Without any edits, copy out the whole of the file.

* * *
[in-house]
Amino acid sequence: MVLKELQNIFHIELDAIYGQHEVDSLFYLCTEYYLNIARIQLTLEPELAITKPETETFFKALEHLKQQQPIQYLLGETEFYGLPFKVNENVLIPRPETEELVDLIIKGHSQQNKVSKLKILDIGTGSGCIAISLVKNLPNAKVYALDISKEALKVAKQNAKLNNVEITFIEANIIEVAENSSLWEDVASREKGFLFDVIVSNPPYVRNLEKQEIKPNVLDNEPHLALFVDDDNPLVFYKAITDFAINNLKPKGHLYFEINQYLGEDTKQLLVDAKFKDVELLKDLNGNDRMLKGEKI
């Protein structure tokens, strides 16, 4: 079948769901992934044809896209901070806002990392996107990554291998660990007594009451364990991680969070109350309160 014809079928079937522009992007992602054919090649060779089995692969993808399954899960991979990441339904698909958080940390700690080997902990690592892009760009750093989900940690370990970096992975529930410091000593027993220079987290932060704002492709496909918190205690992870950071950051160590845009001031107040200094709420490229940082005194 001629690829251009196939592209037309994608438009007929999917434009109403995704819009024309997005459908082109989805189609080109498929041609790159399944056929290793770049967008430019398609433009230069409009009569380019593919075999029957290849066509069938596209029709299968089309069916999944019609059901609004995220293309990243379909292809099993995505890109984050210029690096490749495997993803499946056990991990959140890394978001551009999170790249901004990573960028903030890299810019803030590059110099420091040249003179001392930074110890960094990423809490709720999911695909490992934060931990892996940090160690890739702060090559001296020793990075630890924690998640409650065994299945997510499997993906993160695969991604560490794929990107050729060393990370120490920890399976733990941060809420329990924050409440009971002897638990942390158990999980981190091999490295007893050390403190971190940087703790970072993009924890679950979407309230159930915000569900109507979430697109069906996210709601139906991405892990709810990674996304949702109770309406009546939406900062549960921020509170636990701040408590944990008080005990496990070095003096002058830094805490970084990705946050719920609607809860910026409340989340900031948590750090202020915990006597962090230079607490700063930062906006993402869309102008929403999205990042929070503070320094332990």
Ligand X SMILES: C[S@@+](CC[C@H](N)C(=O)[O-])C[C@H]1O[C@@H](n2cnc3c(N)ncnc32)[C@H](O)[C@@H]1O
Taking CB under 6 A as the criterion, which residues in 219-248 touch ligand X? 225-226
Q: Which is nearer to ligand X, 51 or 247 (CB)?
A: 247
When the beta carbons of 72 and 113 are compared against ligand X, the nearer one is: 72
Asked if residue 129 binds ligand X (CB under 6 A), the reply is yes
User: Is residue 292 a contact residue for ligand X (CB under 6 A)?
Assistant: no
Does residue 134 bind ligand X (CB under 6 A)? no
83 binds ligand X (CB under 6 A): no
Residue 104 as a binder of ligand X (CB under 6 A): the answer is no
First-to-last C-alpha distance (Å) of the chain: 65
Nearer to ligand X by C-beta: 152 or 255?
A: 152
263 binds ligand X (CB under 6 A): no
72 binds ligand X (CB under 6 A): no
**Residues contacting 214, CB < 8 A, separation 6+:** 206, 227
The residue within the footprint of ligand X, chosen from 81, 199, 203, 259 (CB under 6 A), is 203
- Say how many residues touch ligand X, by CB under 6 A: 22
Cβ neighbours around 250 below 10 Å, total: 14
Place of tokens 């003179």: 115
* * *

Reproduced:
[in-house]
Amino acid sequence: MVLKELQNIFHIELDAIYGQHEVDSLFYLCTEYYLNIARIQLTLEPELAITKPETETFFKALEHLKQQQPIQYLLGETEFYGLPFKVNENVLIPRPETEELVDLIIKGHSQQNKVSKLKILDIGTGSGCIAISLVKNLPNAKVYALDISKEALKVAKQNAKLNNVEITFIEANIIEVAENSSLWEDVASREKGFLFDVIVSNPPYVRNLEKQEIKPNVLDNEPHLALFVDDDNPLVFYKAITDFAINNLKPKGHLYFEINQYLGEDTKQLLVDAKFKDVELLKDLNGNDRMLKGEKI
């Protein structure tokens, strides 16, 4: 079948769901992934044809896209901070806002990392996107990554291998660990007594009451364990991680969070109350309160 014809079928079937522009992007992602054919090649060779089995692969993808399954899960991979990441339904698909958080940390700690080997902990690592892009760009750093989900940690370990970096992975529930410091000593027993220079987290932060704002492709496909918190205690992870950071950051160590845009001031107040200094709420490229940082005194 001629690829251009196939592209037309994608438009007929999917434009109403995704819009024309997005459908082109989805189609080109498929041609790159399944056929290793770049967008430019398609433009230069409009009569380019593919075999029957290849066509069938596209029709299968089309069916999944019609059901609004995220293309990243379909292809099993995505890109984050210029690096490749495997993803499946056990991990959140890394978001551009999170790249901004990573960028903030890299810019803030590059110099420091040249003179001392930074110890960094990423809490709720999911695909490992934060931990892996940090160690890739702060090559001296020793990075630890924690998640409650065994299945997510499997993906993160695969991604560490794929990107050729060393990370120490920890399976733990941060809420329990924050409440009971002897638990942390158990999980981190091999490295007893050390403190971190940087703790970072993009924890679950979407309230159930915000569900109507979430697109069906996210709601139906991405892990709810990674996304949702109770309406009546939406900062549960921020509170636990701040408590944990008080005990496990070095003096002058830094805490970084990705946050719920609607809860910026409340989340900031948590750090202020915990006597962090230079607490700063930062906006993402869309102008929403999205990042929070503070320094332990």
Ligand X SMILES: C[S@@+](CC[C@H](N)C(=O)[O-])C[C@H]1O[C@@H](n2cnc3c(N)ncnc32)[C@H](O)[C@@H]1O
Taking CB under 6 A as the criterion, which residues in 219-248 touch ligand X? 225-226
Q: Which is nearer to ligand X, 51 or 247 (CB)?
A: 247
When the beta carbons of 72 and 113 are compared against ligand X, the nearer one is: 72
Asked if residue 129 binds ligand X (CB under 6 A), the reply is yes
User: Is residue 292 a contact residue for ligand X (CB under 6 A)?
Assistant: no
Does residue 134 bind ligand X (CB under 6 A)? no
83 binds ligand X (CB under 6 A): no
Residue 104 as a binder of ligand X (CB under 6 A): the answer is no
First-to-last C-alpha distance (Å) of the chain: 65
Nearer to ligand X by C-beta: 152 or 255?
A: 152
263 binds ligand X (CB under 6 A): no
72 binds ligand X (CB under 6 A): no
**Residues contacting 214, CB < 8 A, separation 6+:** 206, 227
The residue within the footprint of ligand X, chosen from 81, 199, 203, 259 (CB under 6 A), is 203
- Say how many residues touch ligand X, by CB under 6 A: 22
Cβ neighbours around 250 below 10 Å, total: 14
Place of tokens 């003179």: 115